Sunday, August 16, 2009

Who Lives Here?

No individual work exists in a vacuum, despite the sometimes best efforts on the part of writers such as I to pretend it does. I often write exclusively about the work of the theme park designers, the integrity and intention and effect of the piece as if it exists in nothing but a black sound stage with a silent audience that responds exactly as they should. This is for very particular reasons. The first is that published critical thinking and writing about the Disneyland model of themed design is focused tightly on the sociological aspects of the piece. I am not a sociologist and find little interest in the subject - I am an artist and I'm writing about what I know. I find that in texts about Disneyland or, especially, Walt Disney World, the artistic value of the place is often taken for granted - either positively or negatively - with little further dialouge to address the significance or contribution to the artistry of the work of the designers. The integrity of the atmosphere of something like Disneyland makes it easy to treat as some sort of unified work with an explicable meaning, but rising as it does from the collective efforts of hundreds of individuals, a unified meaning and purpose behind such a work is at best unintentional.

We should not totally exclude the experience of the spectator from the diagesis of the piece. The theme parks are meant for people; anybody who has experienced the cold and unique desolation of a Magic Kingdom with no patrons in the wee hours of the morning understands fully how the entire operation's illusion of warmth and vitality depends on the prescence of music, spectators, employees. The Magic Kingdom is a ghost town with lights burning in every window to welcome home that long dead Walt Disney. But there's not even a firehouse apartment behind the window, just a black cloth and a lamp shade on a box. The effectiveness and the shallowness of the illusion is quite chilling the more one thinks of it.

There is a German word which describes what the Magic Kingdom does so well which we have no satisfactory equivalent to in English: Gemutlichtkeit. It means something like "comfortable" or "cozy" but it means more, indicating a sense of peace, belonging, relaxation, and acceptance. The Magic Kingdoms create an atmosphere of Gemutlichkeit, yet - and this is the essential dynamic - it is a place that we cannot truly ever belong to, because there is nothing there. As such we are never residents, always visitors to a place we'd like to stay if it weren't for the fact that all the play money is nailed down in the till and the real residents circulate motor oil instead of blood.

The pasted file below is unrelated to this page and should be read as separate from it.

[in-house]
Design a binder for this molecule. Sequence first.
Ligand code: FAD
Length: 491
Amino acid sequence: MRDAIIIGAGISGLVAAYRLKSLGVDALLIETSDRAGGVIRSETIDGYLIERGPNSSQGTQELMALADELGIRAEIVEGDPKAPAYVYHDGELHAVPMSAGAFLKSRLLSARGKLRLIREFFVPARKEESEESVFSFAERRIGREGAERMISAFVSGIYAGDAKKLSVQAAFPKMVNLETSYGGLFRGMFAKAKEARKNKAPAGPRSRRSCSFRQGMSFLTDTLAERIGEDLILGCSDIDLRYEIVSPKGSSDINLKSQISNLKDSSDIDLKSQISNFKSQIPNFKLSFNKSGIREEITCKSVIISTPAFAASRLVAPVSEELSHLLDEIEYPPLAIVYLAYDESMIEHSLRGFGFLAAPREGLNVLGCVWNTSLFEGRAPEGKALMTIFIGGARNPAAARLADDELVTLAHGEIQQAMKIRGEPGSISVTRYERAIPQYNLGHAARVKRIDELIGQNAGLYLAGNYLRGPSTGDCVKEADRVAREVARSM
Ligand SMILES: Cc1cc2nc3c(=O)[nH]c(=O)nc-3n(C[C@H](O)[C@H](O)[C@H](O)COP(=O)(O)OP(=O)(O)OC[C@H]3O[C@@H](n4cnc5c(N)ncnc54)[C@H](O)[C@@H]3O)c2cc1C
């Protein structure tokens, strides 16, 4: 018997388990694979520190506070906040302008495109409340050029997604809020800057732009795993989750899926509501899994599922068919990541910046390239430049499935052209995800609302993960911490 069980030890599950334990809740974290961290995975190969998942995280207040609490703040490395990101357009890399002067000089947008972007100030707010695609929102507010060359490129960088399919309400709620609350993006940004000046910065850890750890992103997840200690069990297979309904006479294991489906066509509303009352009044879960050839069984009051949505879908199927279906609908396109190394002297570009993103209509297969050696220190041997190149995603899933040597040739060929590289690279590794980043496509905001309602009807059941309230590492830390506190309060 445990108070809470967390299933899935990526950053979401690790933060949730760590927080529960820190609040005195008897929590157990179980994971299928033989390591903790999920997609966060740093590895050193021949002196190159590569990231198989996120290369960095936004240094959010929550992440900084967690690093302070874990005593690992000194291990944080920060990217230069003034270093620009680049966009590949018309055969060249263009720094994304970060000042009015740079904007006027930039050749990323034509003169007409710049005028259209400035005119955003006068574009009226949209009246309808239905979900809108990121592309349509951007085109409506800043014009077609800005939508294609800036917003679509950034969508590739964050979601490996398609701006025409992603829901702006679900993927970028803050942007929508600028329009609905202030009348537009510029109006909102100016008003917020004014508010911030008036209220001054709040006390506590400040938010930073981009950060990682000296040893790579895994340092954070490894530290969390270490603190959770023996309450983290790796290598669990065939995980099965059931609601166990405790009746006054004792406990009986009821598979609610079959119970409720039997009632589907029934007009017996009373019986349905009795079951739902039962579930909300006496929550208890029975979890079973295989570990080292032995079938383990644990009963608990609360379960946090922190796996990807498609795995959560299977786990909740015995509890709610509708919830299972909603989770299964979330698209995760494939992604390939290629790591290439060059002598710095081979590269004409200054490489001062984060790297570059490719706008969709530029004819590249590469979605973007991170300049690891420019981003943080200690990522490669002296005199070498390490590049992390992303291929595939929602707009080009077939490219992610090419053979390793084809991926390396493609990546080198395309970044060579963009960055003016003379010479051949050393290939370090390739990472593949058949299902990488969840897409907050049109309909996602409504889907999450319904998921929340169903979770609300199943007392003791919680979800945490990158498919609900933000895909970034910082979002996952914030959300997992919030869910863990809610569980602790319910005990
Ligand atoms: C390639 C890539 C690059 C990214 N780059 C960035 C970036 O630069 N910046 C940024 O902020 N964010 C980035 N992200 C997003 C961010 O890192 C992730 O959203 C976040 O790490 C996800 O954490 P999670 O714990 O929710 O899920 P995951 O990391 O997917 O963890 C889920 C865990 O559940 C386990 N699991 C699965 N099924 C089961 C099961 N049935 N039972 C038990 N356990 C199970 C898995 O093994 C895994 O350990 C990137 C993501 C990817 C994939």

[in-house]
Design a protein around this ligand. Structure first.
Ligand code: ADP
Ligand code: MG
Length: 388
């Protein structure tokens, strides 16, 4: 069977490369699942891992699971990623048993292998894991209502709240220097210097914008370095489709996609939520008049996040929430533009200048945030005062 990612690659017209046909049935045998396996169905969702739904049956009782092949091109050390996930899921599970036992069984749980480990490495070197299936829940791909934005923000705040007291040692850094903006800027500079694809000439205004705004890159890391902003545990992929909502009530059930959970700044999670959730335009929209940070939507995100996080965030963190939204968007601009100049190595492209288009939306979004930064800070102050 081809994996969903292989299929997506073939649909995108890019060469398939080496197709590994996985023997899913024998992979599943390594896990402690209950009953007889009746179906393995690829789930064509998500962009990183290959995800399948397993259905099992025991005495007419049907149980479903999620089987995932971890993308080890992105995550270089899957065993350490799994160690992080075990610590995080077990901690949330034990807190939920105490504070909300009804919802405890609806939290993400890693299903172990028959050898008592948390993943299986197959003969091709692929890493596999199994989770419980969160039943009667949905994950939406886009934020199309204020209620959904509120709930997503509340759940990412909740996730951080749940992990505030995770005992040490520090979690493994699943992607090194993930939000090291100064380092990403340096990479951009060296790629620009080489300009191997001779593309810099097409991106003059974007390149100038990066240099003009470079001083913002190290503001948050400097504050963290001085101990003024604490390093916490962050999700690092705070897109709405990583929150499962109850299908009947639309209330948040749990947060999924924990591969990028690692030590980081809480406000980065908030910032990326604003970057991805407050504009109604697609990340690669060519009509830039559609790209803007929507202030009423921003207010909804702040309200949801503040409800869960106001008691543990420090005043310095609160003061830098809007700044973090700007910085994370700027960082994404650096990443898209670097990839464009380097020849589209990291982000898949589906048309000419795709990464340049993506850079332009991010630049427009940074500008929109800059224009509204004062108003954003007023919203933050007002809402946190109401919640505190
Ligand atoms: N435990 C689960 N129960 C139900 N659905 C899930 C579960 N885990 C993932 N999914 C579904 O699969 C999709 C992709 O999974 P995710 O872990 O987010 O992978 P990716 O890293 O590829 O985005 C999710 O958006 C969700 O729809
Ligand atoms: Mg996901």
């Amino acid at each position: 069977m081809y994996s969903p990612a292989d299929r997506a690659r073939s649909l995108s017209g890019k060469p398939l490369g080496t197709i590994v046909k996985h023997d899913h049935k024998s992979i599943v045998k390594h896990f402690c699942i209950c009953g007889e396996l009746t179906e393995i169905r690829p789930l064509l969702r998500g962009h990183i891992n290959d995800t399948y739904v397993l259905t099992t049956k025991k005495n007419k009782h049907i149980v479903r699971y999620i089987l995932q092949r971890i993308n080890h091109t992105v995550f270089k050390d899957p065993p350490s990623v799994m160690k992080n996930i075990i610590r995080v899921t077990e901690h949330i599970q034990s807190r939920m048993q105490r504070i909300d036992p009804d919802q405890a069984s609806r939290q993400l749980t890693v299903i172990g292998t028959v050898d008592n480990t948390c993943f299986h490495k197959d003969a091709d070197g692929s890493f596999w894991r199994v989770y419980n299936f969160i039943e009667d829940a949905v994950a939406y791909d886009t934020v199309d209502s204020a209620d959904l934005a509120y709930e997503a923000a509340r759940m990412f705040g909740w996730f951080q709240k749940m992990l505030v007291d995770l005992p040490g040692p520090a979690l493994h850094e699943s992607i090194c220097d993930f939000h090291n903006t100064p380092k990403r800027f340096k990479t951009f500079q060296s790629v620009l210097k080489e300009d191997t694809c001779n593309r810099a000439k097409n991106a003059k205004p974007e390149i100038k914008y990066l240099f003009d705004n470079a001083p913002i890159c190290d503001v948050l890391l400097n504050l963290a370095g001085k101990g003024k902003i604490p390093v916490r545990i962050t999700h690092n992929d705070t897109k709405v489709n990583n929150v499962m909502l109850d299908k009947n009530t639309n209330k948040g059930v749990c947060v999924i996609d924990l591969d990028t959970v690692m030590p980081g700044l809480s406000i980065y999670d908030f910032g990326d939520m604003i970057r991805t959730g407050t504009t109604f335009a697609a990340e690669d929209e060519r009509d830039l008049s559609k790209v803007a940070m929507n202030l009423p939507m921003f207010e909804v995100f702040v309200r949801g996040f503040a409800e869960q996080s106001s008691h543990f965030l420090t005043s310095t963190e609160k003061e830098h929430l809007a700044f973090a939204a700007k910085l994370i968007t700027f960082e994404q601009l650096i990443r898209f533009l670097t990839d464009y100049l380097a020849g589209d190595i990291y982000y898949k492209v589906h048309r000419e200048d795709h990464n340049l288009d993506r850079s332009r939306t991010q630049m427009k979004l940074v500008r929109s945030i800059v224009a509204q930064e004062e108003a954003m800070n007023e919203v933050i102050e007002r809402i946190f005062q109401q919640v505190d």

The actual role of the spectators in tradional WED design is rather vauge; since we are distanced from the show both by its' "better than reality" nature and our unconcious contract with Disney in which we suspend disbelief just enough to pretend to believe, walking into Fronteirland does not make us pioneers. We are walking cobntradictions right there in the middle of the most thematically homogenous enviroment imaginable. But if the theme show can't and doesn't try to resolve the role of the tourist as visitor to an enviroment which precludes them, we may look deeper to find certain indicators of who may be the true intended audiences for Disneyland-style parks.

It may be recognized that there is a class structure inherent in the fabric of the park itself, perhaps nowhere more obviously than in Adventureland, the realm of the "arm chair adventurer". Embodied in the bold architectural mishmash of imagery in this area are elements from Asia, Africa, Polynesia, the Caribbean, and elsewhere - frankly, anything not middle American or central European in nature is portrayed as "other". This certainly implies a white middle class viewpoint, the class in America in the middle of the 20th century who resurrected the phallic Tiki Gods as the new Baccus of middle America. Since Adventureland itself in both East and West coast versions derives heavily from this cultural phenomenon which began in 1949 with the success of South Pacific - itself a reflection of the tales that many fathers were bringing home to middle America about the south seas following World War II - this is not unnatural.

I think that the Harper Goff Adventureland of 1955 brought even more overtly a specific maleness to the table, with its' exotic but still hard edged buildings, a cantina, and the Jungle River Ride. It's commonly repeated factoid that this creation was heavily influenced by John Huston's The African Queen, which itself is a tale of hard men in a hard place. Humphery Bogart in that film is not the suave Rick of Casablanca, but a poor man with a cheap boat. The hardness of Huston's vision of man vs. nature found its' way into Goff's Adventureland, with the sunbleached buildings and dark bars that come with it.